Detecting neuroplastic changes in astronauts

dc.contributor.advisorIaria, Giuseppe
dc.contributor.authorBerger, Lila
dc.contributor.committeememberLebel, Catherine
dc.contributor.committeememberWilliams, Rebecca Jayde
dc.contributor.committeememberKam, Julia W. Y.
dc.date2023-11
dc.date.accessioned2023-07-06T18:18:43Z
dc.date.available2023-07-06T18:18:43Z
dc.date.issued2023-06
dc.description.abstractUnderstanding the impact of space travel on the brain has become increasingly important as the space industry plans to send humans to Mars within the next decade. Magnetic Resonance Imaging (MRI) research has indicated significant and inconsistent structural changes in the brains of astronauts as a result of spaceflight. Volumetric brain changes in astronauts have the potential to cause significant and even life-threatening consequences. Recently, research has demonstrated that reports of these volumetric changes may be corrupted by the upward shift of the brain within the skull and a redistribution of cerebrospinal fluid (CSF) resulting from microgravity. This CSF shift may create errors in the classification of the dura mater from other various tissue types, producing erroneous claims of volumetric neuroplastic brain changes resulting from spaceflight. This research was developed with the aim of reducing these classification errors through the investigation of a variety of newer MRI scans and protocols that may better account for a physical displacement of the brain and CSF in the skull. Manual tissue segmentation was performed on the standard modality to provide a comparison measure. Automated tissue segmentation was performed in each modality. Dice coefficients were calculated, and a repeated measures factorial analysis of variance was performed, followed by paired-samples t-tests. Total grey matter volume measures were obtained, and a repeated-factorial analysis of variance as well as follow up comparisons were performed for this measure as well. The primary hypothesis for this work was not confirmed, as no certain modality consistently outperformed MPRAGE across all automated software. This research may help inform modality selection for astronauts, as well as caution reporting or interpreting neuroplastic brain changes in astronauts using standard methodology.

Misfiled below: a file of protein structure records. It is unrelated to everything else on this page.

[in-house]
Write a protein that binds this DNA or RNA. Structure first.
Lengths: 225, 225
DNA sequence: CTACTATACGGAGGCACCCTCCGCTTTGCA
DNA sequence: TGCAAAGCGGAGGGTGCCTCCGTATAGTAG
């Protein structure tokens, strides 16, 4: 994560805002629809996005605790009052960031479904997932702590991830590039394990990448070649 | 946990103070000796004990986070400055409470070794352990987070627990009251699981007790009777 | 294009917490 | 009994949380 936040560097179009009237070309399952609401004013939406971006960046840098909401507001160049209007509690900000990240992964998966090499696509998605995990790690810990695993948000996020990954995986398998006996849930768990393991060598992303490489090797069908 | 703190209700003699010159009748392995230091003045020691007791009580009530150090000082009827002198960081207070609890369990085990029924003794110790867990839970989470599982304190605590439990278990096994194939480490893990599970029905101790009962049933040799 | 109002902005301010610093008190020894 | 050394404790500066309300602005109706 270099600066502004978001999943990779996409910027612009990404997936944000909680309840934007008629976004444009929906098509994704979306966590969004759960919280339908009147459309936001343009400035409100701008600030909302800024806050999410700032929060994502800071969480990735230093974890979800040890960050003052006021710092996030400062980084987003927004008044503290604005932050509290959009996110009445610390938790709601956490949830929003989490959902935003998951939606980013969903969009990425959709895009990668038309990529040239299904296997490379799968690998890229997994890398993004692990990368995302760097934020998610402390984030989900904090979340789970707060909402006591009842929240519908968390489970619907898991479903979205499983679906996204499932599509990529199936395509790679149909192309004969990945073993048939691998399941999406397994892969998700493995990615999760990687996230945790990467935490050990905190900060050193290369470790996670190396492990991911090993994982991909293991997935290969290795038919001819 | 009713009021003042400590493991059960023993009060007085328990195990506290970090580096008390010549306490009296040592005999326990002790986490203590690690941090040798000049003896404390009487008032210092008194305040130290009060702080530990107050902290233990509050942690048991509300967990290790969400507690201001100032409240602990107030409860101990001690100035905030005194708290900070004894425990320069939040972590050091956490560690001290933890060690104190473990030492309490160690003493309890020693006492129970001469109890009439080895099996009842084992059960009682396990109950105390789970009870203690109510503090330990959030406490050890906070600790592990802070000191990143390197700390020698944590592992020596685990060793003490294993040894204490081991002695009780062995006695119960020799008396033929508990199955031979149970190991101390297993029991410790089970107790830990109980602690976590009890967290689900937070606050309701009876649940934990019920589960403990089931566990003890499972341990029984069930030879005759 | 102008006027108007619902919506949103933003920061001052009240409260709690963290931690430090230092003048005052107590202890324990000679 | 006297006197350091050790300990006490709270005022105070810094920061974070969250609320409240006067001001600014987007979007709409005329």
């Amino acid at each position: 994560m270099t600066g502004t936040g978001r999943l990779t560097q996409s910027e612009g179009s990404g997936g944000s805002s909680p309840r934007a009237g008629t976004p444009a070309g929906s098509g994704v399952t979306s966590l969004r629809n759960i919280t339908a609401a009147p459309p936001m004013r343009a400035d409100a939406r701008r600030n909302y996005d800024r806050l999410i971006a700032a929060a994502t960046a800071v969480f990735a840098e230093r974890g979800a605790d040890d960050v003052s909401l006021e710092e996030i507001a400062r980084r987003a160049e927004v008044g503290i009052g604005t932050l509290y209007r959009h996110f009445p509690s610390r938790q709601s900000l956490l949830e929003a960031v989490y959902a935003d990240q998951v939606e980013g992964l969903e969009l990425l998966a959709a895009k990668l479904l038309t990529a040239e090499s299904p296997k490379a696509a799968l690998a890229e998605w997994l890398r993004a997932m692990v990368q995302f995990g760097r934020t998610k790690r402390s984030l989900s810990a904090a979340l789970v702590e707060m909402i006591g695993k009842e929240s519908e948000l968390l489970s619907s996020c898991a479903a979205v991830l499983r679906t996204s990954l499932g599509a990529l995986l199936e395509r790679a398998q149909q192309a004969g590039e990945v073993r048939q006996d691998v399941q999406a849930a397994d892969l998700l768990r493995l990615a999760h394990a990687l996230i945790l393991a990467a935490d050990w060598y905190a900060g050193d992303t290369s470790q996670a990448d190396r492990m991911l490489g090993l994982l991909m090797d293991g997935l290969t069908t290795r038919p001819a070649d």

dc.identifier.citationBerger, L. (2023). Detecting neuroplastic changes in astronauts (Master's thesis, University of Calgary, Calgary, Canada). Retrieved from https://prism.ucalgary.ca.
dc.identifier.urihttps://hdl.handle.net/1880/116705
dc.identifier.urihttps://dx.doi.org/10.11575/PRISM/41547
dc.language.isoen
dc.publisher.facultyGraduate Studies
dc.publisher.institutionUniversity of Calgary
dc.rightsUniversity of Calgary graduate students retain copyright ownership and moral rights for their thesis. You may use this material in any way that is permitted by the Copyright Act or through licensing that has been assigned to the document. For uses that are not allowable under copyright legislation or licensing, you are required to seek permission.
dc.subjectdura
dc.subjectastronaut
dc.subjectcerebrospinal fluid
dc.subjecttissue segmentation
dc.subject.classificationPsychology
dc.titleDetecting neuroplastic changes in astronauts
dc.typemaster thesis
thesis.degree.disciplinePsychology
thesis.degree.grantorUniversity of Calgary
thesis.degree.nameMaster of Science (MSc)
ucalgary.thesis.accesssetbystudentI do not require a thesis withhold – my thesis will have open access and can be viewed and downloaded publicly as soon as possible.
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